5 Stereotypes That I Face Everyday As An Indian Male

Posted on August 11, 2014

By Mayank Jain:

We have learned to preach love. We love to quote quotes and we make sure we express our displeasure for those fairness creams every time we have an intelligent gathering around. We are getting better at appearing non-sexist. Despite so much that we are trying to accomplish to come across as a non-judgmental bunch of people, spotting someone who doesn’t fit in gives us a mental itch and our hypocrisy is exposed in no time.

As much as I hear that these times are tough for the minorities and the underrepresented, I also realize the fact that being a man is tough even when the population of men is more than women. It is partly due to a set of expectations that having a male genitalia thrusts on you, and partly because of the simple fact that we aren’t just people for the world. We are a breed of conformists who believe and worship the ideals of real manhood (whatever that means), and the rest are non-conformists who are reminded/forced to confirm to the idea of ‘real men’ or else they will shame the name of the ‘stronger sex’. It is an everyday struggle to dodge the pressure of conforming to those ideas which you hate in the first place. These are some of the stereotypes that I have continuously faced:

“Is that a pink shirt?”: Yes, and I also have 2 more *pink* shirts which I love to wear. Why do I have to stay away from the colour pink and focus on blues and greys? Children get colour segregated toys from the very childhood, I might have got some too. But, why this cringe from the society when a guy wears a perfectly fine shirt just because its colour is Pink? I have seen other colours become victims of this stereotype as well and what it does is create a segregationist society where men can’t venture into spaces which are ‘reserved’ for women and the same goes for women at times. Someone with a liking for “pink” is automatically labelled ‘too girly’.


“Stop crying like a girl.”: There are a lot of people who want to tell you this and they do. The idea of a “real man” is suddenly invoked when a man starts feeling emotional. If a man cries, it is not because he is weak. It is because he doesn’t want to die with his feelings pent up inside. There have been times when crying came to me as an inevitable response to a situation and I had really no inclination to think about my ‘masculine identity’ at the moment, but it is practically a full time job of people around you to start making fun of your crying and emotions. Probably because men are supposed to have hearts of battle grade tin and steel.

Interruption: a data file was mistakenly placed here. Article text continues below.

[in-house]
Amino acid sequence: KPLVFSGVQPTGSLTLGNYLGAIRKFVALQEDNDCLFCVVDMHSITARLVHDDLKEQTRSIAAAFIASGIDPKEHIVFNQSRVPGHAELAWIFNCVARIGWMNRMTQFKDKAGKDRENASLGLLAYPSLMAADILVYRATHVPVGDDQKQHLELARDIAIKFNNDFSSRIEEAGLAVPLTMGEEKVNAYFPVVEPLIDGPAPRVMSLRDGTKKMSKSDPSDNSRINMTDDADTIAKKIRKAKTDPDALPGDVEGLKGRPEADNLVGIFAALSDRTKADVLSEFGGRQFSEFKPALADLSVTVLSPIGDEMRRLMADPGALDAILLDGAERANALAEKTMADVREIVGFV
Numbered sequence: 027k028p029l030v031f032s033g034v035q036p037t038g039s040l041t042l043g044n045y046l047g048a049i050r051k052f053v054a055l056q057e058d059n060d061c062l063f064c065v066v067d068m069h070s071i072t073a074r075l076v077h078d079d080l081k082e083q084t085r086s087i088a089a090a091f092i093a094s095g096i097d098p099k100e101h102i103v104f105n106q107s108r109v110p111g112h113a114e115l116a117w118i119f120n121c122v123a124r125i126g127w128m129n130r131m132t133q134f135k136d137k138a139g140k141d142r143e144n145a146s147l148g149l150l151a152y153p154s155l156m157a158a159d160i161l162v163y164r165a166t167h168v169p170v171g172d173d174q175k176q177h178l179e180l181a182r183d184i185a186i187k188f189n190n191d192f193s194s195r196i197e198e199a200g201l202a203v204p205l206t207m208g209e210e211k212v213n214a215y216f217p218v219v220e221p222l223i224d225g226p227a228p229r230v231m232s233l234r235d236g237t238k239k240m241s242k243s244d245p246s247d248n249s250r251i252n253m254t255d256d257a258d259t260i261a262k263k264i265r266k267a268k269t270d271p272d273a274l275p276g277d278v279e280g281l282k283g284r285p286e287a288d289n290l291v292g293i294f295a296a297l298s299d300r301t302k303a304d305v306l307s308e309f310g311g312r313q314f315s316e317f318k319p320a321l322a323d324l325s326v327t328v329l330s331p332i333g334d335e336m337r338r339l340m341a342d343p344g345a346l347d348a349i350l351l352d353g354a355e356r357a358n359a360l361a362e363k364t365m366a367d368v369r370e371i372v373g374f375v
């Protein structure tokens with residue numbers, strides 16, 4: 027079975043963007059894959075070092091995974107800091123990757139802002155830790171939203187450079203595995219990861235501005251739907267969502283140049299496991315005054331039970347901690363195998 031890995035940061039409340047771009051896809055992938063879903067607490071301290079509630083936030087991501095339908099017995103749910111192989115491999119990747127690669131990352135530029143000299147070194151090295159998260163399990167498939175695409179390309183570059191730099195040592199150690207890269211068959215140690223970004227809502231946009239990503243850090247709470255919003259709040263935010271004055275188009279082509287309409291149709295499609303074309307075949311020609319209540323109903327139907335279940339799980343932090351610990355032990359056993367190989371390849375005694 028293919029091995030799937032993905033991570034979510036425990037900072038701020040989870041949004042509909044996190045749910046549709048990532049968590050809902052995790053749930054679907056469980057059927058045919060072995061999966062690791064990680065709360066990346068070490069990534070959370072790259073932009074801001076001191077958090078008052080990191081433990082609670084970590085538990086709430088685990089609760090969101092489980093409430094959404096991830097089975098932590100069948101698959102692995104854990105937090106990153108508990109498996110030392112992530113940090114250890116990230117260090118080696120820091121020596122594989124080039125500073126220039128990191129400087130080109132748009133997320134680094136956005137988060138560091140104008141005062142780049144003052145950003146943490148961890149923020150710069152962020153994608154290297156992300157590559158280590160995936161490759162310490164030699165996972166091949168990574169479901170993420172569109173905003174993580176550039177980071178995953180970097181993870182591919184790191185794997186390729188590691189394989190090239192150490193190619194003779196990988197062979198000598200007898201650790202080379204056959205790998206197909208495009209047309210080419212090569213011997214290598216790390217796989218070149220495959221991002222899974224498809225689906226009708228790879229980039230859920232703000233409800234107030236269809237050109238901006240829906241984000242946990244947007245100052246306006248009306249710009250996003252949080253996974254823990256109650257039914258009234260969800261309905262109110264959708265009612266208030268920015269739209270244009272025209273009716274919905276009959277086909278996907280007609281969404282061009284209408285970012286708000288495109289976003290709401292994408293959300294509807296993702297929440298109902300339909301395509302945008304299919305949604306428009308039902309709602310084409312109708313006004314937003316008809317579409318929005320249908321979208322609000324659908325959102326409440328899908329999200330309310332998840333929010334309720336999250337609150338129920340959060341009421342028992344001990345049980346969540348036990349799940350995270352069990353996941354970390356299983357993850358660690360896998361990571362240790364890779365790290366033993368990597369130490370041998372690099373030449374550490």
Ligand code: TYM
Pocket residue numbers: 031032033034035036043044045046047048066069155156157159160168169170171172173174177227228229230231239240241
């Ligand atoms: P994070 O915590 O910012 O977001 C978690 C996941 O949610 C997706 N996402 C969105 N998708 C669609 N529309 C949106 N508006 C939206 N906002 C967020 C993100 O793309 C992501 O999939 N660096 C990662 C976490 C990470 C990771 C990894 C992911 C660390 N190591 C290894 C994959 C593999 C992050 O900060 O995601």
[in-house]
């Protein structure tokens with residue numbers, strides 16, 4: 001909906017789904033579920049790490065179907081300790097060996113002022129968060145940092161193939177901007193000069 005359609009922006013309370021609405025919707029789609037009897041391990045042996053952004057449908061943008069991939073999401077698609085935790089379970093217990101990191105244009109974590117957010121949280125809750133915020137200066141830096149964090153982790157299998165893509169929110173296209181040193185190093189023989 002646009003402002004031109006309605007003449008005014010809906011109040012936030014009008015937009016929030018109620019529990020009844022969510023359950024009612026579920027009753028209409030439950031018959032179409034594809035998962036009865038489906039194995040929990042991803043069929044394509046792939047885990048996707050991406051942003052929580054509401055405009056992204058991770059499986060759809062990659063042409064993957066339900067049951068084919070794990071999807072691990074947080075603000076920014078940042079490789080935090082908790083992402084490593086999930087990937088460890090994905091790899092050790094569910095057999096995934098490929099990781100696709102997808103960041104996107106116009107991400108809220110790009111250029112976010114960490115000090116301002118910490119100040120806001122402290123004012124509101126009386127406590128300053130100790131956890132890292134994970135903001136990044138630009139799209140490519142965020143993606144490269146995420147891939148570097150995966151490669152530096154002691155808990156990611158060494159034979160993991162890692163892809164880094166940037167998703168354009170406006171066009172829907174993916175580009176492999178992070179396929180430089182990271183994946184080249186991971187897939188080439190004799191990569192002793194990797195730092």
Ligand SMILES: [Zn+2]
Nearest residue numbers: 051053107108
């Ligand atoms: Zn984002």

“Do you really write poems? About love?”: I never thought I would get to hear this. As much as I was aware of the idea of segregation of careers by the idea of ‘masculinity’, I never believed that even creative expression is perceived to be a feminine trait while it has nothing to do with your biological makeup. The idea that men can’t write poems or express their feelings is as ridiculous as it is disappointing. Have we forgotten Shakespeare, Keats and Frost in one go? Why can’t men be poets, artists, or even knitting experts? And to answer this question, yes I do write poems about love and I will keep doing it because I don’t want my hobby or career to be defined by what people think a man ‘should’ or ‘should not’ do.

“Go to the gym. You must be tall, dark and handsome.”: No. You don’t get to tell me how I should be. This has always been a nightmare for me. Not being inclined towards cricket and the gym is a crime for someone who wants to be identified as ‘man’ in the society, because outdoor sports are the only way to be strong and a man can’t do anything without his physical strength. Instead of opening up spheres to women also, we build walls of  ‘masculinity’ and in turn, we describe a man by the built of his body and his ability to reach the top shelf of the kitchen (where he isn’t supposed to enter, in the first place). Everyone falling outside this sphere of ‘tall, dark and handsome’ is qualified for being ridiculed or bullied.

“Be the man. Start paying for your girlfriend.”: What about, no? Why can’t a girl pay for herself? Why do men have to be superheroes and ‘rescue’ people all the time? Why do we have to call ourselves the ‘stronger sex’, why can’t we be vulnerable for once and let a girl help us out? While it is a personal choice for men to pay for people around them or not, but if paying for someone makes you think that you are reasserting your ‘manhood’ on the relationship, then you have got it wrong. Chivalry is not dead but this fake male superiority should be killed at the earliest. Why is paying for someone a crucial requirement to ‘be a man’?

I could go on about how patriarchy not only affects women, but men as well. I could point out my displeasure when my sister was told that her brother will take care of her all the time. There are hundreds of similar stereotypes that aren’t just limited to men or women. There’s a lot to do towards ending stereotypes and sexism, but I still dream of a society where people are people and not their gender. Let’s create one?

To know more about this story and what I think, follow me on Twitter at @mayank1029

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